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This book is a review of the development of the WTO dispute resolution procedure and the power and influence it has gained over the practises of the member countries as well as in other international treaties.Mp> The book addresses the development of environmental competency in the WTO and examines the arguments of those who oppose WTO rule making with impacts on the environment. The WTO's interactions with multilateral environmental agreements are considered and recent WTO cases including the 2011 US/Mexico tuna dispute and the US sea turtles decision are analysed in detail.
In examining how an international organisation which was established with a specific purpose in mind has come to interact in fields beyond its original remit, James Watson demonstrates how the dispute resolution system at the WTO has come to work in a judicialised manner, operating with an informal system of precedent. This has led to the contracting parties placing more reliance on the decisions of the dispute panels and appeal body when considering policy options, with WTO rulings increasingly influencing the behaviour of national legislatures in regard to the environment.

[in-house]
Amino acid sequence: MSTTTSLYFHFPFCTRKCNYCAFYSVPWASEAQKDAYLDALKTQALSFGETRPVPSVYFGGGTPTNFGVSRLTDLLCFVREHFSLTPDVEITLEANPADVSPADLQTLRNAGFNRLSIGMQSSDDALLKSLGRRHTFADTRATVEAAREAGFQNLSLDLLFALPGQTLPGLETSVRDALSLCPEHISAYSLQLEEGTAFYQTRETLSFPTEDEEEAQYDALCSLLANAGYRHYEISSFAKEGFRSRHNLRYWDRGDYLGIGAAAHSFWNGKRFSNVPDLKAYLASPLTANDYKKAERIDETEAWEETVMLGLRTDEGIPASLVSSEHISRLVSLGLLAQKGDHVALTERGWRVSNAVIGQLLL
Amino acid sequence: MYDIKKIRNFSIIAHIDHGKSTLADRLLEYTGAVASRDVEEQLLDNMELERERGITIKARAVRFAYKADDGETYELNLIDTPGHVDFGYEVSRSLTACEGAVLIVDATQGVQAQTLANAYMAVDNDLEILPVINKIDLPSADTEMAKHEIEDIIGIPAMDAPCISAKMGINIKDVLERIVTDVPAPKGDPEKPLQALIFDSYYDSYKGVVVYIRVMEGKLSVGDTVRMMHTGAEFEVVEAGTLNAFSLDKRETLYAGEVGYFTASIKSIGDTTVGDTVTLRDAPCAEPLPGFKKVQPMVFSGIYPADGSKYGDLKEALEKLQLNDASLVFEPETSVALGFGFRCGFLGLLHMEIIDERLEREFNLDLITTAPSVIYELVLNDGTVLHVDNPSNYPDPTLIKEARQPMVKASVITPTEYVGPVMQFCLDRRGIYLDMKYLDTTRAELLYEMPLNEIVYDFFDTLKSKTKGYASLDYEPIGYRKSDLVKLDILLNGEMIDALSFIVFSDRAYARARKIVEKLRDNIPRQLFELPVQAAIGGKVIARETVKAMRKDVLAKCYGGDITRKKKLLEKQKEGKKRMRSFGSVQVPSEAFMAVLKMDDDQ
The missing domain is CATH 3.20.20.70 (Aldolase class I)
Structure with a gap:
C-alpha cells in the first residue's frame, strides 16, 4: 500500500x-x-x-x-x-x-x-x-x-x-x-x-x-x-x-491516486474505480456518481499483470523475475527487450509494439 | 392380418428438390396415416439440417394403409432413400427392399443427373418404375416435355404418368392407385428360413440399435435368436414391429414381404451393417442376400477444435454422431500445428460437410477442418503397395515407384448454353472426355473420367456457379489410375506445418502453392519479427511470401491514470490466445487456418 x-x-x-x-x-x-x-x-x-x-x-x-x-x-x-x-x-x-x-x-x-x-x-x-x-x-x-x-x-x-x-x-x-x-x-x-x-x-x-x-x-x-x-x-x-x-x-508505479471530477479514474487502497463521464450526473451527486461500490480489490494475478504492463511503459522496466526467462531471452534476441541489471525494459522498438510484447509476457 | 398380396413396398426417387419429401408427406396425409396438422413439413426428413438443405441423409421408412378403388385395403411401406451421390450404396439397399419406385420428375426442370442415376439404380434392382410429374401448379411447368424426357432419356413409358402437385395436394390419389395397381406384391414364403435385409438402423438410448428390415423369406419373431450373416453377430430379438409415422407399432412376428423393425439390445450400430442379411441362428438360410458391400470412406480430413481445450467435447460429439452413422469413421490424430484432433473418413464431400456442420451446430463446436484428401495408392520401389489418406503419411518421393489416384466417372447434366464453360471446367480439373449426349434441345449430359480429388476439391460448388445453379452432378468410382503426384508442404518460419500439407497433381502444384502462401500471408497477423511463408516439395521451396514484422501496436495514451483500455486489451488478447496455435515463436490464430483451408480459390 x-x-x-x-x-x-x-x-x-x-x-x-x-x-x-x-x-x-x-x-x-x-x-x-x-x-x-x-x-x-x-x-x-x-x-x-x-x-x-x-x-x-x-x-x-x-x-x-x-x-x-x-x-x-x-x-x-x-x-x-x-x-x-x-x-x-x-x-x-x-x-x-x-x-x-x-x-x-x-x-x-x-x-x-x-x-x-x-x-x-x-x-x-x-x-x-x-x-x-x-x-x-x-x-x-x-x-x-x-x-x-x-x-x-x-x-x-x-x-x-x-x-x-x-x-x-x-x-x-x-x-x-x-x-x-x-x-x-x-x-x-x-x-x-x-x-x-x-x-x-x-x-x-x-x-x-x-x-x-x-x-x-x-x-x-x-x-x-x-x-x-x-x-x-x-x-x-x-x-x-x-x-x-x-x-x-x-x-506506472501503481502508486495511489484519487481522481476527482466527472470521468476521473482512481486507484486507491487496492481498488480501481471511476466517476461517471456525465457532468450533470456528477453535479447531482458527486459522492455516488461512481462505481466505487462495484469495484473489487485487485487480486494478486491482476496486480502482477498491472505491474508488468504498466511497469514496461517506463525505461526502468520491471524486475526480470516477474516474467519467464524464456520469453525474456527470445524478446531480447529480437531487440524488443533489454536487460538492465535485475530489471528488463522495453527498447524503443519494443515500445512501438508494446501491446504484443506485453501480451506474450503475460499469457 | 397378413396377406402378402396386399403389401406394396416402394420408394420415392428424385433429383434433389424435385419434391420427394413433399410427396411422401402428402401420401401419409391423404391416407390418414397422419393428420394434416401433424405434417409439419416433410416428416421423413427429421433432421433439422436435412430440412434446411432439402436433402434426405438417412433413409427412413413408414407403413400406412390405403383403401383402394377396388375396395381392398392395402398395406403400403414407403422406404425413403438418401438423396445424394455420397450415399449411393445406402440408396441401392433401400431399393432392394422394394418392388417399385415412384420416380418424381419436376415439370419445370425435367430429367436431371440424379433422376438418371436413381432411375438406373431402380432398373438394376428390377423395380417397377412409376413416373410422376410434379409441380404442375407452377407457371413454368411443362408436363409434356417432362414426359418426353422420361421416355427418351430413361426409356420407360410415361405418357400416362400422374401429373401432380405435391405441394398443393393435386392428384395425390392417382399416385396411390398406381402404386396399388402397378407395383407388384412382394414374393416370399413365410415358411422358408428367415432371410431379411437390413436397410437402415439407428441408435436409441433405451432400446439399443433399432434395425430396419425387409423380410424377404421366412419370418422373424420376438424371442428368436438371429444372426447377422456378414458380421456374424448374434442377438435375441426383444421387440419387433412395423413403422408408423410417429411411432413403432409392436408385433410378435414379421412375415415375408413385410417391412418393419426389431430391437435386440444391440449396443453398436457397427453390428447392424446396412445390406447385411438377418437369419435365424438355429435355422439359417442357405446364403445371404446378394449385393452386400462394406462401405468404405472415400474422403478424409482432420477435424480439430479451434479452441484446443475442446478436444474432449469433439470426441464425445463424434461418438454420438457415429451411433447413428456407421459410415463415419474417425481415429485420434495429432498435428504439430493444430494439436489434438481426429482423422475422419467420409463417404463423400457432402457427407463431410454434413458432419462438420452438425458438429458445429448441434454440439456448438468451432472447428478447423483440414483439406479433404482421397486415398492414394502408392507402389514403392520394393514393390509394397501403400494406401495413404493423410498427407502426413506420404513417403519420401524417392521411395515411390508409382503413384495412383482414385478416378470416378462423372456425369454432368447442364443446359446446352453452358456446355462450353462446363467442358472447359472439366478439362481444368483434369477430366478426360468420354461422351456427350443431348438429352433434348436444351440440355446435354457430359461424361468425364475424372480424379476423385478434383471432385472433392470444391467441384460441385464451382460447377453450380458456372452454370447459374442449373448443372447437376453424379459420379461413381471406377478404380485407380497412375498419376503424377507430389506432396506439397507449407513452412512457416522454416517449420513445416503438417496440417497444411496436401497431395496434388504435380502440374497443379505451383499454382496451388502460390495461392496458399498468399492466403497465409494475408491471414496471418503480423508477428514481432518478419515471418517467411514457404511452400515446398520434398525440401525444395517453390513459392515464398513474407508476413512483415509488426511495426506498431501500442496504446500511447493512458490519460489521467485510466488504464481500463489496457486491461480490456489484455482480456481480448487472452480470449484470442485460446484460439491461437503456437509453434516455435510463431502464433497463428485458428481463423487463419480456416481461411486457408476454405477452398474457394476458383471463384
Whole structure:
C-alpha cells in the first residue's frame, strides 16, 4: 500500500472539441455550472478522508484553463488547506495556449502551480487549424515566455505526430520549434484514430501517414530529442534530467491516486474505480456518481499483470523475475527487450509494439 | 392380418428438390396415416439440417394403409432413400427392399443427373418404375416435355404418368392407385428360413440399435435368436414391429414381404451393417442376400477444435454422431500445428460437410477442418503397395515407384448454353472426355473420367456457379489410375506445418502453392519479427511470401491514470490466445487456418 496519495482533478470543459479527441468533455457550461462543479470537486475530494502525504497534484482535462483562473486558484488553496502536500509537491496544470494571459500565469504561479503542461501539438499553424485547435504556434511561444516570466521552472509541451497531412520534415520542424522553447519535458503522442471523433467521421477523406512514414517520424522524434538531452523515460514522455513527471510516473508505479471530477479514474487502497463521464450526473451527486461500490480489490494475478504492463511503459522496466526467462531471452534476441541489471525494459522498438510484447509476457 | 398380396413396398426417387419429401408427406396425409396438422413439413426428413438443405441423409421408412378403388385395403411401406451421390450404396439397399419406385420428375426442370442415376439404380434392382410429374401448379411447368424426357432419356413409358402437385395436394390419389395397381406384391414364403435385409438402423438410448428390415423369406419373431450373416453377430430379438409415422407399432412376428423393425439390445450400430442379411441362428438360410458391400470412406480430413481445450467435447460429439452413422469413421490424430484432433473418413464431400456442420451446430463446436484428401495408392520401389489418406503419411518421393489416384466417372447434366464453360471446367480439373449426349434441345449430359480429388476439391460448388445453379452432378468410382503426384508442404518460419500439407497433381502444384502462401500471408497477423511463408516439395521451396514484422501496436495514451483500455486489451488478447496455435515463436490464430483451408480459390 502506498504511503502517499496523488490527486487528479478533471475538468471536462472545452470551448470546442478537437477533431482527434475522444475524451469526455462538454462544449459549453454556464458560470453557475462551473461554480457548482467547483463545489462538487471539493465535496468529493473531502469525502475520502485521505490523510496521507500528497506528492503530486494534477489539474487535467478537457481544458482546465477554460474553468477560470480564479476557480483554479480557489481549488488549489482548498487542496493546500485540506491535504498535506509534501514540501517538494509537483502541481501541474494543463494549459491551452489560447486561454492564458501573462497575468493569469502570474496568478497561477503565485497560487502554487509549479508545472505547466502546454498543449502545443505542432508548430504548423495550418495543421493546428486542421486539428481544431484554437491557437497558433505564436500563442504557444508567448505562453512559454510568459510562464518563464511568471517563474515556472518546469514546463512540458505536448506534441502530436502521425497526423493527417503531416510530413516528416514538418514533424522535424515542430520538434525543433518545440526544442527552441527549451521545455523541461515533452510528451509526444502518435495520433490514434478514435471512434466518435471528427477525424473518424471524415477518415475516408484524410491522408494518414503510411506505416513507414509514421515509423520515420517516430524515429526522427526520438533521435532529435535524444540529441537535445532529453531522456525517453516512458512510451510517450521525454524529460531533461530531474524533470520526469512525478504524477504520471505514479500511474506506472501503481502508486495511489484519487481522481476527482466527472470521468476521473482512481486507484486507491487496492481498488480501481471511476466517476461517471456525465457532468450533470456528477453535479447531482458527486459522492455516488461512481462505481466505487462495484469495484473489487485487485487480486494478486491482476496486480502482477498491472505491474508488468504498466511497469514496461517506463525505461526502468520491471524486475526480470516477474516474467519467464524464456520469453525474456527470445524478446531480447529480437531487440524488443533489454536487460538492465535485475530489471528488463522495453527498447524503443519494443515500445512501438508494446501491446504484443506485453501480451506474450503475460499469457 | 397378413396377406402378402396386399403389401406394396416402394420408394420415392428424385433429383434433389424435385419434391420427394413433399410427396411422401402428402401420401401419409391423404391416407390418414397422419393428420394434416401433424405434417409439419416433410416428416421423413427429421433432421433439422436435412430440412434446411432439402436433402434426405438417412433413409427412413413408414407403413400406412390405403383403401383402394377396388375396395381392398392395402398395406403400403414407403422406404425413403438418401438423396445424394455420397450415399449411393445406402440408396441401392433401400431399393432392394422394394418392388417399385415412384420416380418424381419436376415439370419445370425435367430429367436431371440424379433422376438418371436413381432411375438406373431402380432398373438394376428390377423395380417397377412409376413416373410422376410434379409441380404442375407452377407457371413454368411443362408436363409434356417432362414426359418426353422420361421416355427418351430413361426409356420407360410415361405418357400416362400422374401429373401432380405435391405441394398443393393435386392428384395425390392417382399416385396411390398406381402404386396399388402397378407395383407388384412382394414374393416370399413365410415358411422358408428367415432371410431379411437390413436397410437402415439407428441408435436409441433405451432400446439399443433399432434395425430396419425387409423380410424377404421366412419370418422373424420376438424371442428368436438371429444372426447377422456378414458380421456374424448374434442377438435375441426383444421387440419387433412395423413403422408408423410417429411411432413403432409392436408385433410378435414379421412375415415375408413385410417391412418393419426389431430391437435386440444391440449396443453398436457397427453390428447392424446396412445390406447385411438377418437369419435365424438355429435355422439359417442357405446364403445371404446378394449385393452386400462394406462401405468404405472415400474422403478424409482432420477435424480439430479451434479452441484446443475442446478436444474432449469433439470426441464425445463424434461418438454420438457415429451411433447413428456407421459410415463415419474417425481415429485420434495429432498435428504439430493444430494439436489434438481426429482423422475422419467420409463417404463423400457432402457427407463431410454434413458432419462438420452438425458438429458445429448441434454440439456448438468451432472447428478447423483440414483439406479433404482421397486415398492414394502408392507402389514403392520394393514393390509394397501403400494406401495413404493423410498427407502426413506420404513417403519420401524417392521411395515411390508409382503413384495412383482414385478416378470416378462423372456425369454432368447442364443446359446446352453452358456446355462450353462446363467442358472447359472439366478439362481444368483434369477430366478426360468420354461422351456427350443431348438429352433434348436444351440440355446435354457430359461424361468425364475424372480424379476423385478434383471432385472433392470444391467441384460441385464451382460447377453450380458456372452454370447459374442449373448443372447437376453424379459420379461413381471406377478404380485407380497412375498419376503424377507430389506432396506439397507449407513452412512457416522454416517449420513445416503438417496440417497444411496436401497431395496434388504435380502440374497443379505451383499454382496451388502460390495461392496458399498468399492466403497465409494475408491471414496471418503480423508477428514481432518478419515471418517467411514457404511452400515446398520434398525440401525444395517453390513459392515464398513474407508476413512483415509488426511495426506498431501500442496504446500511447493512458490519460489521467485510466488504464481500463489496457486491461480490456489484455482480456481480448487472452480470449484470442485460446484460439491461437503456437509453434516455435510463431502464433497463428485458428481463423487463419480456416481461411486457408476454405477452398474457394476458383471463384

The book goes on to make concrete recommendations, based on existing practise in the WTO dispute resolution procedure, which could enhance decision making in environmental cases heard by the WTO. The book argues that this could be achieved with straightforward amendments to the WTO, based on existing practices endorsed under the WTO for other policy considerations. The WTO and the Environment will be of particular interest to academics and students of International and Environmental law.